Woods, ponds, fields, the skies, and your own backyard
all have a “fall readiness” program going on!
Can you see the signs? One immense benefit, educationally speaking, of taking nature walks through each of the seasons, is to observe “changes” as they occur, to spend time thinking about them—why is the grass turning brown? Why are the leaves colored, or falling? Why are the clouds so low and gray? Why is the air so cool, when it was so warm just a week ago? What are those animals doing anyway?
As your student spends time outdoors and sees and feels changes around him, and as he wonders what is happening and why, he will begin to find a few of the answers and make discoveries of his own. Often his discoveries are confirmed when he reads about various nature topics. Therefore, you might want to end your nature walk at a library where your student can research what he has just seen. Be ready to help him find what he needs. There are very simple books on leaves, seeds, nuts, and others for your preschool student, as well. If you have invested in a good resource library at home, I know you will enjoy pulling out various field guides, encyclopedias and nature brochures, and identifying what you have seen on your outdoor journeys.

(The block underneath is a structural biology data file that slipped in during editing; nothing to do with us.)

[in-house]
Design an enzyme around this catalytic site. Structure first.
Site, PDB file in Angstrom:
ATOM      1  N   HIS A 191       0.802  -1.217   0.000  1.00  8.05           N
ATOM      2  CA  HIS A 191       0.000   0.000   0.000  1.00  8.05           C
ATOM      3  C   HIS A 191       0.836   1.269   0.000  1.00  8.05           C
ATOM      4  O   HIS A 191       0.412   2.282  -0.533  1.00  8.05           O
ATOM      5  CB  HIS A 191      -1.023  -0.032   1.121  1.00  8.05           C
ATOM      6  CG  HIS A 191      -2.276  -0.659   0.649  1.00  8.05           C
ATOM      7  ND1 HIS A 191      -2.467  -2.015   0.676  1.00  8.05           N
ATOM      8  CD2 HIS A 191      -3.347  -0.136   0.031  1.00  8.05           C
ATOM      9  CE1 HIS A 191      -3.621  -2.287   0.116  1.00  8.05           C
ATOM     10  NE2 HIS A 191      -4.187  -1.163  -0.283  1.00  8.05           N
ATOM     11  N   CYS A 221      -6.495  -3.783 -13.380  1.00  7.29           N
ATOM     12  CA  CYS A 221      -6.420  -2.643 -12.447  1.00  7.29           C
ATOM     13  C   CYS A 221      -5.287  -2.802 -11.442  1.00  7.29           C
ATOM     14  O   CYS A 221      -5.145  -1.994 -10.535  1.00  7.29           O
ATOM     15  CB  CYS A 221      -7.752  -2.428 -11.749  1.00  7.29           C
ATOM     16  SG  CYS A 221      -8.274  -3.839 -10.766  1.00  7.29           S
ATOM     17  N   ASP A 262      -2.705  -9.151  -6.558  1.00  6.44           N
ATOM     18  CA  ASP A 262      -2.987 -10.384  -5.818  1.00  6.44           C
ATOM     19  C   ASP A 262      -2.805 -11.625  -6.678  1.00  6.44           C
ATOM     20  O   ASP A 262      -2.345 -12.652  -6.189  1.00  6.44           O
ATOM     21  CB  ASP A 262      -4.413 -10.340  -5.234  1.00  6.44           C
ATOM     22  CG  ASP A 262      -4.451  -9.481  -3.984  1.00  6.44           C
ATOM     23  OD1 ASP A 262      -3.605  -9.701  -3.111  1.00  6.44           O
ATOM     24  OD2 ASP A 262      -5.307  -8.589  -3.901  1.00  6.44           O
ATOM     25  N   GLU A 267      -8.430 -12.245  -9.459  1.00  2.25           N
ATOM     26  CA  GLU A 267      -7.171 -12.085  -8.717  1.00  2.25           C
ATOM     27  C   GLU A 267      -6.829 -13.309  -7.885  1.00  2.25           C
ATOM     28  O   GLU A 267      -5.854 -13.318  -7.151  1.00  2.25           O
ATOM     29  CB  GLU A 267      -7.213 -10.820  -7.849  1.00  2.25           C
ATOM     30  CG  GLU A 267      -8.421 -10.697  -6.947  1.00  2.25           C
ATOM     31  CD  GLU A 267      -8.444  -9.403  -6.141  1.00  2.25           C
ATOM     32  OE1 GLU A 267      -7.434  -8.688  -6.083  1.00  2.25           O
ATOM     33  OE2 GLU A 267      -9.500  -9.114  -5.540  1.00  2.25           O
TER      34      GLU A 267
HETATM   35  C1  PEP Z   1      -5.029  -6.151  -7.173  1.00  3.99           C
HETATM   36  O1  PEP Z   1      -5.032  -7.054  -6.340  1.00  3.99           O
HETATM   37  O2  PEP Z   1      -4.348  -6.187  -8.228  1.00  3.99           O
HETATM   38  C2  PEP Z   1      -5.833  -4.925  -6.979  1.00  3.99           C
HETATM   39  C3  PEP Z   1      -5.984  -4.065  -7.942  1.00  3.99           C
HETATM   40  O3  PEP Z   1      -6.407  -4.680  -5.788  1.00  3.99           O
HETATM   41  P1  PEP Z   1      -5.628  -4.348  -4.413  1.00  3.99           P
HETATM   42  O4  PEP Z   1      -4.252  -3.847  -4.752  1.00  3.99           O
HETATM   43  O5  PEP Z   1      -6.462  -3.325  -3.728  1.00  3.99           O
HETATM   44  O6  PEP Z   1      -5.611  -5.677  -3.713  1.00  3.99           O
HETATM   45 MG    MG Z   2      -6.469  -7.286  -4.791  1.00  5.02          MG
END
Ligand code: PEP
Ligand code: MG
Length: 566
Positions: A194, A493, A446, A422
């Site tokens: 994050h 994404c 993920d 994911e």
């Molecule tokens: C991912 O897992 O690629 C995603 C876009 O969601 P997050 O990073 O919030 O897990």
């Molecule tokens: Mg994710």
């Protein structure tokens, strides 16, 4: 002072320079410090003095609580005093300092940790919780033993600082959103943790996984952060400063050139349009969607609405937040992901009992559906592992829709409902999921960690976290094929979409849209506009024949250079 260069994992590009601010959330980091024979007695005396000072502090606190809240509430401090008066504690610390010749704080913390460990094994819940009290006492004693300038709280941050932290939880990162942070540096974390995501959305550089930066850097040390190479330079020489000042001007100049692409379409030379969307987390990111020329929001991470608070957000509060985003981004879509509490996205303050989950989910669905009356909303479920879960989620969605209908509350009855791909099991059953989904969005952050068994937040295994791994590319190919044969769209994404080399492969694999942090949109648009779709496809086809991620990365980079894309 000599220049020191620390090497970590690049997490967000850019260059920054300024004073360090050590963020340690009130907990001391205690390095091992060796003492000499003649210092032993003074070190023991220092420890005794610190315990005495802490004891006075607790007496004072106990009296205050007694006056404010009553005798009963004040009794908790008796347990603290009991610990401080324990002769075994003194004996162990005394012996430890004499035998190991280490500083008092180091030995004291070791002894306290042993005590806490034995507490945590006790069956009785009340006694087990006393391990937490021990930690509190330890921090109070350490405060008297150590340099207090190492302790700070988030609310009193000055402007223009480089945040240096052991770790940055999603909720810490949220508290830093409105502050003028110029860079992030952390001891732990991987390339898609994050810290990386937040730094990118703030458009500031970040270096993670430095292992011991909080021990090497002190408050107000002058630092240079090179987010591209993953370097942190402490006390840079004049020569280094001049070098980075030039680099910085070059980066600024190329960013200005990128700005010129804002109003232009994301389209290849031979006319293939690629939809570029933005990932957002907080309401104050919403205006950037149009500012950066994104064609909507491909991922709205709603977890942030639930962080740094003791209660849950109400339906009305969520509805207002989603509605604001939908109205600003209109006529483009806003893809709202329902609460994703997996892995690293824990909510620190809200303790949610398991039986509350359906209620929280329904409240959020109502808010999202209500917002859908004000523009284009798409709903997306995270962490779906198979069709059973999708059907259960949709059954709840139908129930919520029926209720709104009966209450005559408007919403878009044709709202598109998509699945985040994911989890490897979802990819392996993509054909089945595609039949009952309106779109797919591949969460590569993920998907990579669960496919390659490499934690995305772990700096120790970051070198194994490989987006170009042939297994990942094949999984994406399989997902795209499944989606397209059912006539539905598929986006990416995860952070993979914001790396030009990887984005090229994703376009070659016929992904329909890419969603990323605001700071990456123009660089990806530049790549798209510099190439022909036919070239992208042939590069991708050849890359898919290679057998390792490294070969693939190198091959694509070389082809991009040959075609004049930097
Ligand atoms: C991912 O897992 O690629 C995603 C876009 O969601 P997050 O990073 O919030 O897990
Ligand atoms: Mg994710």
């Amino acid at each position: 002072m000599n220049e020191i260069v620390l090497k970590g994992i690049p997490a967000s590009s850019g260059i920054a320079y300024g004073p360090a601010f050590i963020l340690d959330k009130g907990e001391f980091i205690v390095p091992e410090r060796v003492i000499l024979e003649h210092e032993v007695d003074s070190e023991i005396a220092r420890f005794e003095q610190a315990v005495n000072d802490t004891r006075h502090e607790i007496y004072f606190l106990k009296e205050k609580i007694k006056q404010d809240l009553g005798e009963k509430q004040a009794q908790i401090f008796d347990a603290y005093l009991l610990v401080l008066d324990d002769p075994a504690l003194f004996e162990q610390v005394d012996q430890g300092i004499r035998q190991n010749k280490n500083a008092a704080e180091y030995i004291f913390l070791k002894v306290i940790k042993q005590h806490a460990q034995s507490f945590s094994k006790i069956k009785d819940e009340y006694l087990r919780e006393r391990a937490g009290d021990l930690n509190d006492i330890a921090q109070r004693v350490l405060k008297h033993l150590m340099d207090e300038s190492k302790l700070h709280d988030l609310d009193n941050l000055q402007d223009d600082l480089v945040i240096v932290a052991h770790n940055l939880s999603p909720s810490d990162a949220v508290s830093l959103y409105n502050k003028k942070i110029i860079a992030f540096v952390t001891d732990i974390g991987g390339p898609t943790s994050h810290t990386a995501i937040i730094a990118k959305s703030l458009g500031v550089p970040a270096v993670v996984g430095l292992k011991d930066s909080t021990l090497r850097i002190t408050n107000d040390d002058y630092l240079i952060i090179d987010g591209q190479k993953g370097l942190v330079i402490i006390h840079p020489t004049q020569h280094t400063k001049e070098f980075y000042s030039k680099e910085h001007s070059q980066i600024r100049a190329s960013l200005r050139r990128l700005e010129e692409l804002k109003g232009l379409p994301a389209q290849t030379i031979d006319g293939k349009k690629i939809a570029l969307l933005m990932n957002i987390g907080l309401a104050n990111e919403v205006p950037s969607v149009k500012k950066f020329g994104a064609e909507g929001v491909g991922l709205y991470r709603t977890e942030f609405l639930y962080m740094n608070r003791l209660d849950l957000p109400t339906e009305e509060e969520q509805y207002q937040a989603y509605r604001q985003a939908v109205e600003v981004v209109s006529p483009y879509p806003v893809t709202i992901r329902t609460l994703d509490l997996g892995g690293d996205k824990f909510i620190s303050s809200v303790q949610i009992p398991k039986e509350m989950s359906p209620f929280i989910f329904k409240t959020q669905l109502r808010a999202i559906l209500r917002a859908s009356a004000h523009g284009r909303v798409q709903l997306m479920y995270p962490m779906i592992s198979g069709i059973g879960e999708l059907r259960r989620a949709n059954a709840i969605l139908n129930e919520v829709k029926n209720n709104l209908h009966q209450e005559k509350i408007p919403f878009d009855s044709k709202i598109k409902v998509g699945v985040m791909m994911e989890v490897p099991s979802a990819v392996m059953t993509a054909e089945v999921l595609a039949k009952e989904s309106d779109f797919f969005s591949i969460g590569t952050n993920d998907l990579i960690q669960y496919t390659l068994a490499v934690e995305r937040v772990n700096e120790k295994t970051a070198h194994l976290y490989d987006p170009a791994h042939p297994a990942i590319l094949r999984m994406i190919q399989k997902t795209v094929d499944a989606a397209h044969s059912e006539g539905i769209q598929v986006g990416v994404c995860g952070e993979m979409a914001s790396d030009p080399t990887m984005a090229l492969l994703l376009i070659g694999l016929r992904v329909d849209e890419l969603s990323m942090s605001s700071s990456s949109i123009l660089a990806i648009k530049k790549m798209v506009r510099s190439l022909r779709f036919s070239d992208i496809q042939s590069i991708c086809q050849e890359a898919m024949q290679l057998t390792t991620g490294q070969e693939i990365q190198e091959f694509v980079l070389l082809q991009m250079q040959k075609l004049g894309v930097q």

If you aren’t quite sure what to do on your nature walk, check out the FALL version of the Five in a Row Digital Nature Studies here!